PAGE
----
Documentary on Loudoun Student Wins Hearts, and an Award

“School is not my thing.”

That’s what 9-year-old Jose Crespin told Loudoun schools’ Superintendent Eric Williams when he was asked for his take on education.

That conversation inspired a three-part video series that followed the Hamilton Elementary student throughout his fourth grade year of school. The first installment of the series, called “School Is Not My Thing,” won an Award of Excellence from the National School Public Relations Association.

But the school system videographers who shot the series, Anthony Cusumano and Laura Wen, said, what’s more, is the process of shooting the films also helped Jose become more engaged in school, and they hope the series will ignite a passion for education in other students.

The idea to make the film series came about when the videographers, Superintendent Williams and Public Information Officer Wayde Byard, gathered for lunch at the White Palace in Purcellville. Jose, whose parents run the restaurant, seated them. When Williams asked Jose where he goes to school and what he likes about it, the boy responded, “School is not my thing.”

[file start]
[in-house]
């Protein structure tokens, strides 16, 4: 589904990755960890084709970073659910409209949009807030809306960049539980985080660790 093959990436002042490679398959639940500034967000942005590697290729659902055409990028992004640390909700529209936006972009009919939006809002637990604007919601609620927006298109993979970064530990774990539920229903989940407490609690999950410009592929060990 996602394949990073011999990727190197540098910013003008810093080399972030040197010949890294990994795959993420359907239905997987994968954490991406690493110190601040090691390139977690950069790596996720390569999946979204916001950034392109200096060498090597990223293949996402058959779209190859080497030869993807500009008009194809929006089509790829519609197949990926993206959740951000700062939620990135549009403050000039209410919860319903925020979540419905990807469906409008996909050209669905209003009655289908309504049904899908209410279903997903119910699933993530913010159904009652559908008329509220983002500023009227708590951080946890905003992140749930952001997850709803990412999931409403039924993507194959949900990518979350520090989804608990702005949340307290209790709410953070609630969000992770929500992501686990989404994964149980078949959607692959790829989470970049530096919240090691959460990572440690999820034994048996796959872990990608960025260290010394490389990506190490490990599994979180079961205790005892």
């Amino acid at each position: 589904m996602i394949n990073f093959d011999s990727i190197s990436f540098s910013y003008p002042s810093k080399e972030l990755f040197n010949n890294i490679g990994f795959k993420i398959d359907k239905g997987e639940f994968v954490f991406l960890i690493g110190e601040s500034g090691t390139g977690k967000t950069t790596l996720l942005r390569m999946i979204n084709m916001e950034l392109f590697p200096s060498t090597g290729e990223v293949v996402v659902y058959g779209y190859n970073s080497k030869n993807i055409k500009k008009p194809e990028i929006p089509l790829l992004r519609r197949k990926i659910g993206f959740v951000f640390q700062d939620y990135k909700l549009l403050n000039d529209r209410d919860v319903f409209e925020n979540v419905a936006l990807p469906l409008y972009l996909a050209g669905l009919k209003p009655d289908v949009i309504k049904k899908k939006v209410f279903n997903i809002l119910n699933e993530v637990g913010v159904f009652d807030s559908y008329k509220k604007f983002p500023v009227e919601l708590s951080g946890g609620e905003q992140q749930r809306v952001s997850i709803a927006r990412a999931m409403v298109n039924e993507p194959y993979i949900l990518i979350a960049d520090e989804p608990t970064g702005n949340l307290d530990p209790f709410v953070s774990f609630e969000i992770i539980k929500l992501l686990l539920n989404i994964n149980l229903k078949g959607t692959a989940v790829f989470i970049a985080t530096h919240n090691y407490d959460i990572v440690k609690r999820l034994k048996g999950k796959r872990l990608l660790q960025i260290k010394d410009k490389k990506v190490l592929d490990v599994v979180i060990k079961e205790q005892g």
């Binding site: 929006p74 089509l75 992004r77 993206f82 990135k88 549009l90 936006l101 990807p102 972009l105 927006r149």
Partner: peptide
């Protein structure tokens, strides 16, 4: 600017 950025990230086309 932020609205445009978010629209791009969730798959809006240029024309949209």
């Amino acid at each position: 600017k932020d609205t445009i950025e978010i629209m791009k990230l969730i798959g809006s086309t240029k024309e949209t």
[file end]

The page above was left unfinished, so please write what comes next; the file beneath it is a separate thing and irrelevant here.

“We all cracked up that he was willing to say that in front of the superintendent,” Cusumano said. “Wayde said ‘We need to do something with this kid. Let’s see, over the course of the year, if we can get him to like school.’”

In the first video, which was shot at the start of the 2015-2016 school year, Jose says that he loves video games and skateboarding, but school? Not so much. “I don’t like how you have to do it daily, for like 18 years of your life,” he said.

In the third video, shot in May, Jose—who wants to be an engineer—tours the construction site of Madison’s Trust Elementary with Director of Construction Gary Van Alstyne. Van Alstyne explains to him how math is the foundation of engineers’ work. Jose agreed to keep working on his math because, as he said, “an engineer has to do what he has to do.”

Cusumano enjoyed watching Jose’s natural progression throughout the school year, and said he thinks other kids will be able to relate to his story.

“He became more open to school,” Cusumano said. “He didn’t completely shift from hating school to now he loves it, but he seemed more willing to accept that there are things he doesn’t care for but he knows why he’s doing them; he understands that there’s a purpose.”

The film’s Award of Excellence will be presented at a conference July 17-20 in Chicago. An excerpt from the video will be played for school public relations professionals attending that event.

Watch the films:
Part 1:
Part 2:
Part 3: